Entrepreneur urges peers to adapt after saving 20 jobs with coronavirus-prompted rethink

An entrepreneur is calling on her peers to “pivot, adapt, and move fast” or face extinction – after realigning her offering and saving more than 20 jobs.

Angeline Francis Khoo calls on all start-ups to adapt – or face extinction. Picture: contributed.

Angeline Francis Khoo, the founder and chief executive of luxury kimono brand Rosie On Fire, has changed tack after seeing her e-commerce business come to a “grinding halt” overnight.

She is encouraging other start-ups to make a similar move, “not only to save jobs and survive the impending economic crunch, but to realign their businesses with what the country needs right now”.

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Francis Khoo has shifted its focus from making and distributing luxury womenswear to producing personal protection products and health kits for companies and customers, repurposing her supply chain that links Malaysia with the UK – and sees strong potential to supply remote Scottish communities.

The entrepreneur believes SupplyDrop could be key for rural and island communities in Scotland. Picture: contributed.

“When coronavirus hit, we went from having a fully functional supply chain to it being impossible to source fabrics and no customers. It was quite stunning to see a brand we’ve been nurturing for five years collapse instantaneously. We needed to move fast or we would be dead in the water,” she said.

While the start-up’s fashion orders fell, the team in its Malaysian distribution centre shifted its attention to putting together boxes blending health essentials with items that were useful in a lockdown such as home fitness products, games and toys for young kids.


“In February, we froze all expansion plans, which included opening a new shop and I began solely focusing on finding a way to keep my team employed,” she said.

Francis Khoo founded Rosie On Fire in 2015. The company, known for its luxury kimonos, says it puts an emphasis on job-creation for those with autism and from disadvantaged backgrounds. More than 95 per cent of the brand’s clothing lines are made by people from marginalised communities.

She added: “My main job has always been taking care of [my staff] and I was single-minded about ensuring my team’s survival. But having never faced a challenge like a pandemic before, it was daunting.

“It became obvious the landscape of the world was shifting fast and so were the needs of people. We saw a way to potentially contribute, which gave us a glimmer of hope. Essentials started becoming scarce, as did personal protection equipment, and a need opened up as countries started going on lockdown.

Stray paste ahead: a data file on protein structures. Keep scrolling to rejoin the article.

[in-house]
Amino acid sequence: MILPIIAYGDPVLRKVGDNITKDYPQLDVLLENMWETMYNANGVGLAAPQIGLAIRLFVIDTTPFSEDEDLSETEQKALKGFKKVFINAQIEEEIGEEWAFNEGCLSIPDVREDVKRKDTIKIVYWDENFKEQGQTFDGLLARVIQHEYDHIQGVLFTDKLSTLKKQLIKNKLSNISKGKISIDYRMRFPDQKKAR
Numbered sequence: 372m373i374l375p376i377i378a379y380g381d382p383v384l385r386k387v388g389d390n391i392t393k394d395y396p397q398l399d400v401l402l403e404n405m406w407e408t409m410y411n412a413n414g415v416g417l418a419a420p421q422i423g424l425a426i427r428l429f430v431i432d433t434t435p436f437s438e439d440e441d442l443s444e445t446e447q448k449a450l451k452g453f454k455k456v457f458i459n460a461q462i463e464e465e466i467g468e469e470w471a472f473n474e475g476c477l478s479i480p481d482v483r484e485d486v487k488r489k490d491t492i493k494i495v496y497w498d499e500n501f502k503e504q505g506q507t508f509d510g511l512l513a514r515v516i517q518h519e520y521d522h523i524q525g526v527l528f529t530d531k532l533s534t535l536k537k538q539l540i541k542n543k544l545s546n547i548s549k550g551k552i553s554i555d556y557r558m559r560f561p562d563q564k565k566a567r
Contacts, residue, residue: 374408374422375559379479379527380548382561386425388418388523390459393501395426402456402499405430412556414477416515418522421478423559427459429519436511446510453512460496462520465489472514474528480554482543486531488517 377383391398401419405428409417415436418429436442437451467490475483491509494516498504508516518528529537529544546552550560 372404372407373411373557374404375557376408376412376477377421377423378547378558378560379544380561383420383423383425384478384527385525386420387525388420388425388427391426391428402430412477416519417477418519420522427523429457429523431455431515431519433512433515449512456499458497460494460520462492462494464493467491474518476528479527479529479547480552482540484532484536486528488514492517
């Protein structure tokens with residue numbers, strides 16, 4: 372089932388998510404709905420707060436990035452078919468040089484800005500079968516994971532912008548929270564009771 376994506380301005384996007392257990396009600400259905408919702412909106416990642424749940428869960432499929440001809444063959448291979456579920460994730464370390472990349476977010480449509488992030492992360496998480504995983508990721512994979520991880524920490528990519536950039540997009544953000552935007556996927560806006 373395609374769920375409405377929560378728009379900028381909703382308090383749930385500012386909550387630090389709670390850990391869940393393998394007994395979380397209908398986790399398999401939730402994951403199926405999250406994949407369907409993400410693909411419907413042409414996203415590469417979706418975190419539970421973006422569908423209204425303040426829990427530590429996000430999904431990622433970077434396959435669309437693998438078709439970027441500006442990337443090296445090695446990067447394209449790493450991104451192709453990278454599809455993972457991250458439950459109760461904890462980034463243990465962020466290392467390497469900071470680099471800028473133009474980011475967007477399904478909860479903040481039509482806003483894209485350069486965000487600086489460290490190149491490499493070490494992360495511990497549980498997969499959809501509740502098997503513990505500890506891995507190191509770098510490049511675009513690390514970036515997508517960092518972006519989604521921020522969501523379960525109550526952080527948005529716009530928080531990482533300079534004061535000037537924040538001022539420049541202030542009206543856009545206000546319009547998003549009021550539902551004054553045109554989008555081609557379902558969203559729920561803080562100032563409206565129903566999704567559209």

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“We’d spent five years building a business that enables people to buy online and ship directly to their door in the UK,” she added. “The assets we still had were our amazing team and strong supply chain. It was now a question of how to use what we still had.”

The company will start selling products – such as hand sanitiser, gloves and other essentials – to companies and customers directly from the Rosie On Fire website under the SuperCleen brand.

It has also partnered with London tech accelerator Jed.ai Labs to launch its consumer-centric kits – under the SupplyDrop brand – with a dedicated e-commerce website. There are currently five such kits with themes such as “germ killer,” “birthday” and “pamper,” and it plans to launch more, eyeing areas such as fitness, health and entertainment.


Francis Khoo said change always brings opportunities, “we just need to be able and willing to spot them”.

She added: “There will be thousands of entrepreneurs fighting for survival. We all need to pivot, adapt, and move fast.

She also believes SupplyDrop “could play a genuinely powerful role” in some rural and island communities across Scotland and the rest of the UK."The power of the proposition is that our kits are delivered directly to your door. And for many people who don't have shops on their doorsteps, we think it could play a real role in delivering not only essentials, but a bit of fun to keep people entertained and fit over this lockdown period.”

Jedidiah Francis, founder of Jed.ai which has partnered with Rosie on Fire, said: "We're also planning to do a whisky kit to keep people well-stocked during the lockdown. They will be distributed not only in the UK but throughout Malaysia and Australia as well, where we are also selling our SupplyDrop kits."We had so many ideas on the whiteboard to expand our product range, and that's one that really jumped out to us when we were chatting with the team. We're definitely going to make that a reality, and we plan to start talking to some of Scotland's top independent distilleries in the coming weeks."

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